Some cat scratches today made with just a pencil and paper. Crazy that those tools still work in our digital age.
As a character designer for animation (which I do from time-to-time), it is important to be able to really explore the needs of the story with your designs for just a single character. Often you will have to play with head shapes, attitudes, expressions, fur, teeth, eye shapes, etc. There is an endless amount of combinations out there. (I once did over 60 designs for one character to try to satisfy a client!) These cats were not specifically for any project, but just a personal exercise in my sketchbook to try different things within the same species.
Also, when designing a character, it isn’t just about what the character looks like, but what the character looks like doing something. In animation, the character obviously has to move, hold things, talk, emote, interact with others, and even just walk. If you design something that looks good in a held staged pose, but really can’t move or bend in a simple walk, then you have a character that is non-functional.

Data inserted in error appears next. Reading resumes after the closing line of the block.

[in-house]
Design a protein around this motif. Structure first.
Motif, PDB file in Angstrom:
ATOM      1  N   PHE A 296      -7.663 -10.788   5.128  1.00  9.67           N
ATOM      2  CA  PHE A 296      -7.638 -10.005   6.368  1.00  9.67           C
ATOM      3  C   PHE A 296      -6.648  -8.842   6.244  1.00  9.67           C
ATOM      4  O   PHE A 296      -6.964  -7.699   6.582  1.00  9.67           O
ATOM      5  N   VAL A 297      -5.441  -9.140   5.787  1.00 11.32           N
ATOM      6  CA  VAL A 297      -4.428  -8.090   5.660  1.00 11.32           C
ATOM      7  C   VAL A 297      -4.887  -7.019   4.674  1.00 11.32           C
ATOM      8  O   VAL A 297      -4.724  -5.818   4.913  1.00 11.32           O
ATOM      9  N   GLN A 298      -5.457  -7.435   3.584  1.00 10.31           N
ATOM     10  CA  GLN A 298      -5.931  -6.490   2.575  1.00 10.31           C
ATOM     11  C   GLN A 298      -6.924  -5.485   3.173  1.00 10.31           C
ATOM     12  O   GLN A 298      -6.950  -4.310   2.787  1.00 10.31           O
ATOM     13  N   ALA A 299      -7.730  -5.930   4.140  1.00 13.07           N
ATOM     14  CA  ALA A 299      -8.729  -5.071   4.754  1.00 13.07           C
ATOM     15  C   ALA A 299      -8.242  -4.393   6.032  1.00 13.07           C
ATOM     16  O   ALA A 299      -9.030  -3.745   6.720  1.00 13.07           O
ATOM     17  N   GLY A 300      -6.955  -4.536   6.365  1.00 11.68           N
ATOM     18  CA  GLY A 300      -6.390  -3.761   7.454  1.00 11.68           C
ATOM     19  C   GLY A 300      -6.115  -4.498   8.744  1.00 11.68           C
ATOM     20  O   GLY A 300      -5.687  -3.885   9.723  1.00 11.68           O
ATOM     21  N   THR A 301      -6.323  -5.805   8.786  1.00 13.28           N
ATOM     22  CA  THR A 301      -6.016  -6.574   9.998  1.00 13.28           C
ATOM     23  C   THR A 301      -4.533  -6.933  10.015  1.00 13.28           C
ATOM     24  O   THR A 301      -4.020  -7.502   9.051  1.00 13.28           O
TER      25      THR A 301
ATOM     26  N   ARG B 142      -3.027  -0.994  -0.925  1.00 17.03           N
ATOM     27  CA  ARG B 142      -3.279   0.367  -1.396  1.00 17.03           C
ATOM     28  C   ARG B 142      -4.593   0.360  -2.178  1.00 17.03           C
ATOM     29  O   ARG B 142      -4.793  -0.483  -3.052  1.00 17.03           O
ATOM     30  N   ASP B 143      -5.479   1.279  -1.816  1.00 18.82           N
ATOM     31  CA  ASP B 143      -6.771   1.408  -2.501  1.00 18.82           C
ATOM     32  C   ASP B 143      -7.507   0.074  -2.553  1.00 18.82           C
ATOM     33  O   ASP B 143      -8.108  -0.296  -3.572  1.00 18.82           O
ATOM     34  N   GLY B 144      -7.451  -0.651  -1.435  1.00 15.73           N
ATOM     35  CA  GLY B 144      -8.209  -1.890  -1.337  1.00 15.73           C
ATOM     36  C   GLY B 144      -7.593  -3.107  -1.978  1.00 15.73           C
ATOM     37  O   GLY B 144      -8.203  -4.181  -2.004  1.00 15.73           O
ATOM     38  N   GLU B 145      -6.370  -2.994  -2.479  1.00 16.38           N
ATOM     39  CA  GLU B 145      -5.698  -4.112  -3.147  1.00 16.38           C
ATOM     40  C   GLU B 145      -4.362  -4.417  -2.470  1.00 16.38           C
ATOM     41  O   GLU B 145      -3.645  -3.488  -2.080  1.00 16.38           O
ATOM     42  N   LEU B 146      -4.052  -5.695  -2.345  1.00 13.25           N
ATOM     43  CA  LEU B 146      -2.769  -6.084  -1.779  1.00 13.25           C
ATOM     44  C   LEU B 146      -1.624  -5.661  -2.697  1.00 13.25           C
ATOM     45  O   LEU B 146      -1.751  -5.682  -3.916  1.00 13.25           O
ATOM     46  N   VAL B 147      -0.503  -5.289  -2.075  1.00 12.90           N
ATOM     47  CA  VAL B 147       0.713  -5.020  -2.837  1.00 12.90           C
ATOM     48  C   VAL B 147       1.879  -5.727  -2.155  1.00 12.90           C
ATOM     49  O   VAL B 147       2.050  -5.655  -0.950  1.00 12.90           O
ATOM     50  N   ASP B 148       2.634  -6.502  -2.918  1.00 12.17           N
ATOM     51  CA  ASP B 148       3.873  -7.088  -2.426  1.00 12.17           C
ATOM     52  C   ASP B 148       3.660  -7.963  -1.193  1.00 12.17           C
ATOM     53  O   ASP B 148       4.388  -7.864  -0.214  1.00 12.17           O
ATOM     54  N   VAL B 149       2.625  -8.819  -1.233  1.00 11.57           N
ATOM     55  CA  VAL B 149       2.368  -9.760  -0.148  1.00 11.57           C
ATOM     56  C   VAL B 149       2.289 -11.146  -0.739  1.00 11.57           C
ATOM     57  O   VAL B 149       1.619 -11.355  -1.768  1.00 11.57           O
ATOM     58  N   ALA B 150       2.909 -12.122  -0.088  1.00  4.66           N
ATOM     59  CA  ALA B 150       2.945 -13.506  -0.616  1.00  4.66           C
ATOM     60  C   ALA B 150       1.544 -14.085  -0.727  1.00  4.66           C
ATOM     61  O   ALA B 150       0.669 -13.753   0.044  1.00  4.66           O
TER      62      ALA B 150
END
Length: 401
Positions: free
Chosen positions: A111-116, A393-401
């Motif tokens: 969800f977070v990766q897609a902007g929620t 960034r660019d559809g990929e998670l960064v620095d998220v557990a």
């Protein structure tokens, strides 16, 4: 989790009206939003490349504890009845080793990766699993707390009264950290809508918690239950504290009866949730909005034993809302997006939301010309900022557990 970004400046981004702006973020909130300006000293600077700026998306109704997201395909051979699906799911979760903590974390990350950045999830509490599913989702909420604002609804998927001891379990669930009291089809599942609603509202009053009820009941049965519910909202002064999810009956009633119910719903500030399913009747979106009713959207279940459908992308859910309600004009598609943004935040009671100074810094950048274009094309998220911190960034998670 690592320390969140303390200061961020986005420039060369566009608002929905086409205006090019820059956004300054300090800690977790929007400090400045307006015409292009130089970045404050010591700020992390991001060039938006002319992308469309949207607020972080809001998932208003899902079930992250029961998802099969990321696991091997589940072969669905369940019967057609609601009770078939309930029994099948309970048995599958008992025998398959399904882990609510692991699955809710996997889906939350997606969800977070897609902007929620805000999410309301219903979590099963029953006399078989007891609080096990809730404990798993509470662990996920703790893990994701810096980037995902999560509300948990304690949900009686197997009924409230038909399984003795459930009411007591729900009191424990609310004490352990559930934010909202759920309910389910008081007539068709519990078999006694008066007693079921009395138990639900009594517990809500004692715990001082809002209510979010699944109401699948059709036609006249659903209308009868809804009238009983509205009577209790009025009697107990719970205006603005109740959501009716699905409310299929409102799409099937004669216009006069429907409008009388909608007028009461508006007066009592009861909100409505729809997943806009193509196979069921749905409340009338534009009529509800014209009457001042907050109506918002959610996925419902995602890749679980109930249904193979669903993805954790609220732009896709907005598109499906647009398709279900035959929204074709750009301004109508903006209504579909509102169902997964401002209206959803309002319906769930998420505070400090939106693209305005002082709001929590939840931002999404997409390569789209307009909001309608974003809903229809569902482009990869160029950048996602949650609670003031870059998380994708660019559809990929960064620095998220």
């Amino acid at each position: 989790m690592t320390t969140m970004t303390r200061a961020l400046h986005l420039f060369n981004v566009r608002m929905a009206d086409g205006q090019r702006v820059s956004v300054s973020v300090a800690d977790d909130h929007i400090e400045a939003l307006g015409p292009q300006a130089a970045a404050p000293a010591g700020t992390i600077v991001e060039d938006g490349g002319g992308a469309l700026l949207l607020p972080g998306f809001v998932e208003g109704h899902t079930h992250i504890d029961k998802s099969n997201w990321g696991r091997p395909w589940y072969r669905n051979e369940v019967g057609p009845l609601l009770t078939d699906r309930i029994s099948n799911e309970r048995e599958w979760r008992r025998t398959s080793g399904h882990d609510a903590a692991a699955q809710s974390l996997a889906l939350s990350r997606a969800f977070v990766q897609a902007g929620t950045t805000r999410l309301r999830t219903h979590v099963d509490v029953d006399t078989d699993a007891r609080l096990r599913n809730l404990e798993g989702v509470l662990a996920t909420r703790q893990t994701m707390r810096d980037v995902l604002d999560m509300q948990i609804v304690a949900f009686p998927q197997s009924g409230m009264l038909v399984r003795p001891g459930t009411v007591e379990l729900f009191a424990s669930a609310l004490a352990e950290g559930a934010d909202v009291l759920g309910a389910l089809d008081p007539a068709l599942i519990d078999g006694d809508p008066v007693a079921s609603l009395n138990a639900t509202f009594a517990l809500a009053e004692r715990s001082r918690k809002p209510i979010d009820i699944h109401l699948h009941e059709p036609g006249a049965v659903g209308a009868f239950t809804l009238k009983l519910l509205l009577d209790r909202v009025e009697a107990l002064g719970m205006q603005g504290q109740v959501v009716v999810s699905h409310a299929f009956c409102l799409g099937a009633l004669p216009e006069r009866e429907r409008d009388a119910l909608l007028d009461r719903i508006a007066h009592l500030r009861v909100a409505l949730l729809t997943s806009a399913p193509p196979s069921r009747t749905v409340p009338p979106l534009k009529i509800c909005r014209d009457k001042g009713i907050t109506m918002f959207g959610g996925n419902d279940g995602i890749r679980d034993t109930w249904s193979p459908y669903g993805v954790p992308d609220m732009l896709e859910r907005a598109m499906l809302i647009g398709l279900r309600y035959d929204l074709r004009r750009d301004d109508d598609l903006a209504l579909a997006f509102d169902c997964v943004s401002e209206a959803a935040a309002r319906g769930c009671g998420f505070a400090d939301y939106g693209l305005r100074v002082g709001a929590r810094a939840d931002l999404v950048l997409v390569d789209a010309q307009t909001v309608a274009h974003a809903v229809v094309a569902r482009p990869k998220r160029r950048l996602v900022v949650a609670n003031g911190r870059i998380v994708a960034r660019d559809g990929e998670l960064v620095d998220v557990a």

Believe me, I’ve had this problem when working on projects for clients who don’t understand the design properties necessary for movement. I won’t get specific, but one project I worked on had characters that the client had first developed to a certain extent for print, not animation. In their drawings, appendages never were drawn bent, and their characters were always drawn from a front view. When I introduced elbows and knees to the designs, they panicked. When I made the thumbs slightly bigger than their initial nubs so they could hold things, that inspired a slew of discussions. When I drew an accurate side view, the sky caved in.
So, when designing, don’t just draw something static. Draw it doing things. And if you are drawing for other people, don’t fall in love with what you came up with, because they will always want to change it for good or bad.
This kind of turned into a lesson! Sorry about that. Just enjoy the rough sketches of cats!